Tuesday, September 19, 2006

Choice of School

He he, getting a bit of press time recently, all in the interest of the public good :). There's an article in the New Straits Times today with regards to the governments attempts to make the national schools more attractive for non-bumiputeras, in which both Kian Ming and myself were quoted extensively :).

Chok Suat Ling wrote on the likely impact of the measures highlighted in the most recent Budget which provided for Mandarin and Tamil to be made compulsory subjects in selected national schools. The ministry also announced plans to establish 300 elite schools which will be given more autonomy to boost their standards.

Here's what we stated:

When asked if the Chinese will 'return' to the national schools if the standards improve:
For education commentator Tony Pua, many [note: 'many, not necessarily 'most'] parents who opt for Chinese schools are not swayed by the language factor but because the quality of education in national schools is perceived — rightly or wrongly — to have declined over the years.

"Returning the schools to previous standards will naturally bring back the non-Malays," says Pua, an Oxford graduate who writes a popular blog on Malaysian education issues called educationmalaysia.blogspot.com.
And Kian Ming says:
Ong Kian Ming, a Fulbright scholar at Duke University in the United States, says the latest measures will work to attract parents at the "margins". "Those parents who are already set on their children learning Mandarin will definitely send their children to Chinese schools and these measures, at least in the short term, will not change their minds.

"But for parents at the margins — those more concerned about the quality of teachers, facilities, and proximity of the school to their home — minimal incentives such as a more attractive and flexible curriculum, better facilities and teachers, and a more elite status, can work to attract them."
On having more non-bumiputera teachers and administrators:
Ong says when parents see administrators and teachers being predominantly of one race, it increases their insecurity.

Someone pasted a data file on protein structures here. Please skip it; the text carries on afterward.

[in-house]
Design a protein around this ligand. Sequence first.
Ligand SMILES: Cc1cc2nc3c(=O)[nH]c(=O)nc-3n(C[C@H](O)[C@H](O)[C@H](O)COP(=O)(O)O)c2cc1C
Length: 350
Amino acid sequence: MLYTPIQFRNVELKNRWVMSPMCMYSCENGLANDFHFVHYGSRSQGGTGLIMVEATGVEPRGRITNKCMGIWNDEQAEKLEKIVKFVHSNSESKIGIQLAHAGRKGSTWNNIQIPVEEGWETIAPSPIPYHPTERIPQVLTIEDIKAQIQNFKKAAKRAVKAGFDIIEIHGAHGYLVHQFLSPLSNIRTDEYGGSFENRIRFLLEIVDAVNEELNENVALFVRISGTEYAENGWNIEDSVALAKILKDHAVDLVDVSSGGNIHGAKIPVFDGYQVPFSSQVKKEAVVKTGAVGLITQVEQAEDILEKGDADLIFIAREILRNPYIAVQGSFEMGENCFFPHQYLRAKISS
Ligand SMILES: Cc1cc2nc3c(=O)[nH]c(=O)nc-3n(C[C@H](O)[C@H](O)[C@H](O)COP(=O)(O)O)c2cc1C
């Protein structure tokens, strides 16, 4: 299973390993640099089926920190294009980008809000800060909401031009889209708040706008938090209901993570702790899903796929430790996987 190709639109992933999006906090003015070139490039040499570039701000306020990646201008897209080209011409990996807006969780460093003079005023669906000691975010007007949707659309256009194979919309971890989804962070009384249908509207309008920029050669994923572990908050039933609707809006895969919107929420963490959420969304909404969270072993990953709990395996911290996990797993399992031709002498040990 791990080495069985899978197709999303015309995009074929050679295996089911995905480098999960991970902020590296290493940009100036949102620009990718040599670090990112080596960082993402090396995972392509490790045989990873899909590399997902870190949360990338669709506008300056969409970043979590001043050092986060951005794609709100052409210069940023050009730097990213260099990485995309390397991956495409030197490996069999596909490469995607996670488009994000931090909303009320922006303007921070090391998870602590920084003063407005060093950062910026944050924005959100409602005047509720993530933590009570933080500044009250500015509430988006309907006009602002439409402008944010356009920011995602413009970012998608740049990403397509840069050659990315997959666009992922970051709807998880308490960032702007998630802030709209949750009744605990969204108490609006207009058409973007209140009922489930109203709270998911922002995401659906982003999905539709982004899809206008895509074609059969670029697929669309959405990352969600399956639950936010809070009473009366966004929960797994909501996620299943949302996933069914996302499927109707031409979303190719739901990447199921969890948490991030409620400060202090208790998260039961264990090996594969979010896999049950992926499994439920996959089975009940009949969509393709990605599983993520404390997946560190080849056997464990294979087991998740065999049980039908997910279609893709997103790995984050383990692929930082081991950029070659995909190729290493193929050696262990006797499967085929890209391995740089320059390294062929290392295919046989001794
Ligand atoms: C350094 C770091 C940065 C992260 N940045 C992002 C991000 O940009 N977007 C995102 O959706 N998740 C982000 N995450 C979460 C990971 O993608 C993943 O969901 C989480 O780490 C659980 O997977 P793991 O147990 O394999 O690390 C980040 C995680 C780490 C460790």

"Having more non-Malay school heads, who are able to reach out and reassure non-Malay parents, would also help tremendously," he says. He reckons that it would be difficult to find more than 10 per cent of schools having non-Malay headmasters or deputy heads in a random check.
Did the non-bumiputera parents 'abandon' the national schools, resulting in the increased Islamisation?
Ong disagrees. Non-Malay parents, he contends, did not "abandon" national schools.
"Parents are rational creatures and will not abandon national schools for no rhyme or reason. Why would they abandon national schools if they provide a good education environment?"

The onus is on the government to change the perception that national schools are of inferior quality compared to Chinese schools, he says. Ong also notes that many measures or policies proposed by the government are not backed up by action or sustained for long.

"Parents know this. They will not send their children to national schools until they see the results or changes with their own eyes."
And as Suat Ling rightly concludes:
...one thing experts agree on is that the measures proposed will not bear fruit overnight. It took several decades for national schools to reach where they are now, and it could take just as long to turn the tide.
And hence it is important for the Government to persist with its quality and unity policies and not send mixed signals to the community over an extended period of time. I've written quite extensively on this issue, and it has certainly stirred a great deal of debate, as well as raising many additional pertinent issues. I've written more than a year ago two posts with regards to where I would like to send my own daughter for her education.